Are home warranties very important? The concensus among experts is ``yes''

March 15, 1992|By James M. Woodard | James M. Woodard,Copley News Service

Are home warranties important?

Haven Burke, a regional president of First National Realty, thinks so. "Without home warranty coverage after the sale of a previously owned residence, the seller and his agent are just standing there in their shorts -- a vulnerable target for after-sale problems," he says.

A typical home protection plan covers costs of repairing or replacing "working parts" of a home -- the mechanical, non-structural systems and components.

The plumbing, electrical and heating systems are normally included in the coverage. Other items such as kitchen appliances and garage door openers are often covered, too.

The service contract is usually for a one-year period following the sale of a home, costing a one-time fee of $250 to $400. Some warranty firms will allow the new homeowner to extend the coverage for additional one-year periods for an added fee.

"It provides much-needed protection against liability risks as well as other unexpected financial losses. We strongly recommend it to all owners of our listed residential properties," said George King, another brokerage firm executive.

He noted that the one-time fee for the coverage is usually paid by the home seller, but the cost is sometimes paid or shared by the buyer or broker.

One popular program is HOW, the Home Owners Warranty Corp., used by more than 10,000 home builders across the nation. More than 25 percent of the new homes sold in the United States are included in the program.

The HOW program gives home buyers a two-year limited warranty. Builders who participate in the program buy insurance to cover major structural defects for an additional eight years.

During the past couple of years there has been a sharp rise in the number of home warranty service calls from owners, according to a report by the National Home Warranty Association. It signifies greater use of service agreements by homeowners to repair or replace covered mechanical systems and major appliances.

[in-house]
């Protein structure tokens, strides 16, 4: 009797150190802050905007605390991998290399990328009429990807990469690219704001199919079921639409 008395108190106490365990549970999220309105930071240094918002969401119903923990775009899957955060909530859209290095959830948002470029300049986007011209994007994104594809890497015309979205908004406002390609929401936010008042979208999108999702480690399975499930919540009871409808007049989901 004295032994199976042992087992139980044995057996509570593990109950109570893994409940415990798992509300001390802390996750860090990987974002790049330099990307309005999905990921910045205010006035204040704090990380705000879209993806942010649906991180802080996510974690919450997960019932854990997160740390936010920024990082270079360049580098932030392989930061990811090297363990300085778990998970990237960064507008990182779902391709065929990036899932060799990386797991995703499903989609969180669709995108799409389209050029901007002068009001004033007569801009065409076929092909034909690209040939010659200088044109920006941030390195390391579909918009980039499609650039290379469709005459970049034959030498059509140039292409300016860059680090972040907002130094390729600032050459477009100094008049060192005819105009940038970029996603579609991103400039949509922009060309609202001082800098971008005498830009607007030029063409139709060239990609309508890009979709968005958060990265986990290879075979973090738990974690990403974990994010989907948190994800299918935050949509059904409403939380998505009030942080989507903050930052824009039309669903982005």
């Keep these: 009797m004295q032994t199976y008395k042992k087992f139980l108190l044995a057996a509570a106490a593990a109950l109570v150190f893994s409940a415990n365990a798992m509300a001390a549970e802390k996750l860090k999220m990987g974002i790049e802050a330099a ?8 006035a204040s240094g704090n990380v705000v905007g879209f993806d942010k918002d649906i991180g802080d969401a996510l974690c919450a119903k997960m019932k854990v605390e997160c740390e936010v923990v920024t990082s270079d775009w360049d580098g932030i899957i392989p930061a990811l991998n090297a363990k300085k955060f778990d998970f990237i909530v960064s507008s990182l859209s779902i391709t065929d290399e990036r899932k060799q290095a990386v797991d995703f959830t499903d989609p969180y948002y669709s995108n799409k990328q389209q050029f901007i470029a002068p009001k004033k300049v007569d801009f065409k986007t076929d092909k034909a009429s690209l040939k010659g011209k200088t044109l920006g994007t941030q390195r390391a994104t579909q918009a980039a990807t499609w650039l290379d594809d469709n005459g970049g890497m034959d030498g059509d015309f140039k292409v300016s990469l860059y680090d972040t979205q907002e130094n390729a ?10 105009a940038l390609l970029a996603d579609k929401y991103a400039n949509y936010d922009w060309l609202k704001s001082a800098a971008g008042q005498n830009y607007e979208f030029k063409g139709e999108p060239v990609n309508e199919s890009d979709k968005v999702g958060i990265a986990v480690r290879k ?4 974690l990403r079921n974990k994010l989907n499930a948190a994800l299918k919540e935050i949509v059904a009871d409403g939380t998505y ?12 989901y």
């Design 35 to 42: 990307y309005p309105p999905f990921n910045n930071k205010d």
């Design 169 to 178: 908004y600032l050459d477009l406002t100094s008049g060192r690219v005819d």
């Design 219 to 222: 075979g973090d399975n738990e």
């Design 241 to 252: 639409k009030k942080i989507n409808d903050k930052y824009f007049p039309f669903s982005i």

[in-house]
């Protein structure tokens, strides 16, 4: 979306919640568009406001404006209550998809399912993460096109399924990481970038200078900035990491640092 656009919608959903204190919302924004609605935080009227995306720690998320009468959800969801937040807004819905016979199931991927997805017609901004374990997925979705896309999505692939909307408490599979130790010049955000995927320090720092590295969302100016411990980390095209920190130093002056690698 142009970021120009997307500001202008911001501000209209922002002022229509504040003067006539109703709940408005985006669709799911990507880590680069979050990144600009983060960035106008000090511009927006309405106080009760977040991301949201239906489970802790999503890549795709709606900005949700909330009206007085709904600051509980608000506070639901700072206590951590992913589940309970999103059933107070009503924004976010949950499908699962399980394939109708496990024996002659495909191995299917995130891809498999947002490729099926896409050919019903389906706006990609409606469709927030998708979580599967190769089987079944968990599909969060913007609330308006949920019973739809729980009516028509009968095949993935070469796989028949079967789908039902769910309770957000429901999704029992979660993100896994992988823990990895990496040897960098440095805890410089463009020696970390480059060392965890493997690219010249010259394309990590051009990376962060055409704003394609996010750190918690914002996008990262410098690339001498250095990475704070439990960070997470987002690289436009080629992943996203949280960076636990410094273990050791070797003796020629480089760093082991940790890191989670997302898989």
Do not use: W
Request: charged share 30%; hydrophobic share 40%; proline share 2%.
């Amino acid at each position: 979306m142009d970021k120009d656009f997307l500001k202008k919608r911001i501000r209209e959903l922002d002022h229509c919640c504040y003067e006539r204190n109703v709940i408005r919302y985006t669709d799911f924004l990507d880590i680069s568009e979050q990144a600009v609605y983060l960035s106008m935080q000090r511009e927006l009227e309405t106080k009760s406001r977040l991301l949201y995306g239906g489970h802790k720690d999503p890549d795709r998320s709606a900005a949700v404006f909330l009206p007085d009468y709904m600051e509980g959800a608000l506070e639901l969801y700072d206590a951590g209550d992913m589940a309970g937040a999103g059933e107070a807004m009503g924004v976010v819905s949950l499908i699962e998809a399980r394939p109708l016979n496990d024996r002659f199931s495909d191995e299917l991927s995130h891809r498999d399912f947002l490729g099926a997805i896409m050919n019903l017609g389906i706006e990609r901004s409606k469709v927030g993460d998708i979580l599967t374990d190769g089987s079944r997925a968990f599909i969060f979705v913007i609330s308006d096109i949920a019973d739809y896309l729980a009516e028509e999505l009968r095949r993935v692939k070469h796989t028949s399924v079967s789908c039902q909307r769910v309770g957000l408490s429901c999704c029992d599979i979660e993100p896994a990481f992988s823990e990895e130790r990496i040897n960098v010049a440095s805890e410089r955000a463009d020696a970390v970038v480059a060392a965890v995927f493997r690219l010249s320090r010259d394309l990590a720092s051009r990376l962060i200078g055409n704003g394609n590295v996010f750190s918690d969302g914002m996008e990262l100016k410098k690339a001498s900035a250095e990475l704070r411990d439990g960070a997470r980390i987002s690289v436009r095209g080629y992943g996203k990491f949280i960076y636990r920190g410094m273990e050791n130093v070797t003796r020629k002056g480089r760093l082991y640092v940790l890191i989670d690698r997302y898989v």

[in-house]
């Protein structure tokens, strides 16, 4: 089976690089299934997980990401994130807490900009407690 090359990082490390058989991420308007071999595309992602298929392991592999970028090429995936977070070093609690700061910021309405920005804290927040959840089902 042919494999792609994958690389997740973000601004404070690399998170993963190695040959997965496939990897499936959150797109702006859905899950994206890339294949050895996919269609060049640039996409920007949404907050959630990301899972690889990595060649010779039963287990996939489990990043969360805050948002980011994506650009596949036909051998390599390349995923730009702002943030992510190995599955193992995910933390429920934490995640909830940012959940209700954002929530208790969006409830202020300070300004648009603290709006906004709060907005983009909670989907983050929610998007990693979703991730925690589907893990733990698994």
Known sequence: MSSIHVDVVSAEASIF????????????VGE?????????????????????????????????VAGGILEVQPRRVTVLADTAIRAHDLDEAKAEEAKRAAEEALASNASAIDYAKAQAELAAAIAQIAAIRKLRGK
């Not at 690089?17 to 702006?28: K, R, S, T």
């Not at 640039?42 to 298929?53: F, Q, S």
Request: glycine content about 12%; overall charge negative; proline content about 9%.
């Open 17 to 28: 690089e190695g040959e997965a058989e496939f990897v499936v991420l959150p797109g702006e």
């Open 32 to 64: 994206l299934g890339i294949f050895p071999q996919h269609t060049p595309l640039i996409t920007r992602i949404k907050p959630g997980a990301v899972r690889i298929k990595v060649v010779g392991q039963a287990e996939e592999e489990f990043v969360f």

Two years ago, home warranty companies paid out an average of 74 claims for every 100 home warranty service contracts issued. In 1991, 126 claims were paid out for every 100 homes covered, the NHWA report noted.

"As a result of increased usage, warranty claim costs have jumped as much as 50 percent over the past two years," the report said.

Along with increased public awareness and usage of home protection plans, there has been an influx of new plans. Some of these service contracts are dangerously deficient in coverage aspects.

"It's important to be on the lookout for misleading coverage claims and plans with a poor track record of claim service," said Philip Branson, president of First American Home Buyers Protection Corp., a major home warranty firm based in Van Nuys, Calif.

"The extent of coverage varies greatly from plan to plan. Service call fees and other costs also vary. The key to findilng the best possible plan is to read the terms and conditions in the contract carefully," he said.

Major insurance companies recognize the importance of such coverage. They often reduce their premiums for errors and omissions policies for brokers who provide warranty coverage for their listed residential properties. In effect, they are acknowledging the role of home warranties in reducing claims and costly legal fees.

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